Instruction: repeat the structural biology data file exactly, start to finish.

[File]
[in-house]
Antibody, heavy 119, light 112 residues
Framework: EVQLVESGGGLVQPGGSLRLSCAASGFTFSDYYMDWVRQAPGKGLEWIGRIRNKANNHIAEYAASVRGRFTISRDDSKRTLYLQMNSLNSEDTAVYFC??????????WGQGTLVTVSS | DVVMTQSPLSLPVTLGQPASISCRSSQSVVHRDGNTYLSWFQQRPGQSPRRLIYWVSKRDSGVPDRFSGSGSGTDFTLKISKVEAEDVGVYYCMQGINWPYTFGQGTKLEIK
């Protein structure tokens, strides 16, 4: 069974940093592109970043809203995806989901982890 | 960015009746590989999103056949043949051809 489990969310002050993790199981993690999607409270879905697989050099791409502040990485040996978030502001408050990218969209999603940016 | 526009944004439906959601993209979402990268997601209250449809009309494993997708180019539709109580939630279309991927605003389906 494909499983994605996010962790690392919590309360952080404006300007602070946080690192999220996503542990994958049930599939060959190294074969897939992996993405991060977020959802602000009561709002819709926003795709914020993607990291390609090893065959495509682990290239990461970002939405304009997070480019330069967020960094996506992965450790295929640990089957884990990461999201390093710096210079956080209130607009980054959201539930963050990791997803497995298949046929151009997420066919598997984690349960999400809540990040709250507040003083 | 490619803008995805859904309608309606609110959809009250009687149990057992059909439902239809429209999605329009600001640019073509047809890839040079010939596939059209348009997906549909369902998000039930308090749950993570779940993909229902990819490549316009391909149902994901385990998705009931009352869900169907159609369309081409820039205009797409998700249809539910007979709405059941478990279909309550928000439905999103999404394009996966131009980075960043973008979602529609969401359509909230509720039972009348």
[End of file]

[in-house]
Antibody, heavy 119, light 112 residues
Framework: EVQLVESGGGLVQPGGSLRLSCAASGFTFSDYYMDWVRQAPGKGLEWIGRIRNKANNHIAEYAASVRGRFTISRDDSKRTLYLQMNSLNSEDTAVYFC??????????WGQGTLVTVSS | DVVMTQSPLSLPVTLGQPASISCRSSQSVVHRDGNTYLSWFQQRPGQSPRRLIYWVSKRDSGVPDRFSGSGSGTDFTLKISKVEAEDVGVYYCMQGINWPYTFGQGTKLEIK
């Protein structure tokens, strides 16, 4: 069974940093592109970043809203995806989901982890 | 960015009746590989999103056949043949051809 489990969310002050993790199981993690999607409270879905697989050099791409502040990485040996978030502001408050990218969209999603940016 | 526009944004439906959601993209979402990268997601209250449809009309494993997708180019539709109580939630279309991927605003389906 494909499983994605996010962790690392919590309360952080404006300007602070946080690192999220996503542990994958049930599939060959190294074969897939992996993405991060977020959802602000009561709002819709926003795709914020993607990291390609090893065959495509682990290239990461970002939405304009997070480019330069967020960094996506992965450790295929640990089957884990990461999201390093710096210079956080209130607009980054959201539930963050990791997803497995298949046929151009997420066919598997984690349960999400809540990040709250507040003083 | 490619803008995805859904309608309606609110959809009250009687149990057992059909439902239809429209999605329009600001640019073509047809890839040079010939596939059209348009997906549909369902998000039930308090749950993570779940993909229902990819490549316009391909149902994901385990998705009931009352869900169907159609369309081409820039205009797409998700249809539910007979709405059941478990279909309550928000439905999103999404394009996966131009980075960043973008979602529609969401359509909230509720039972009348």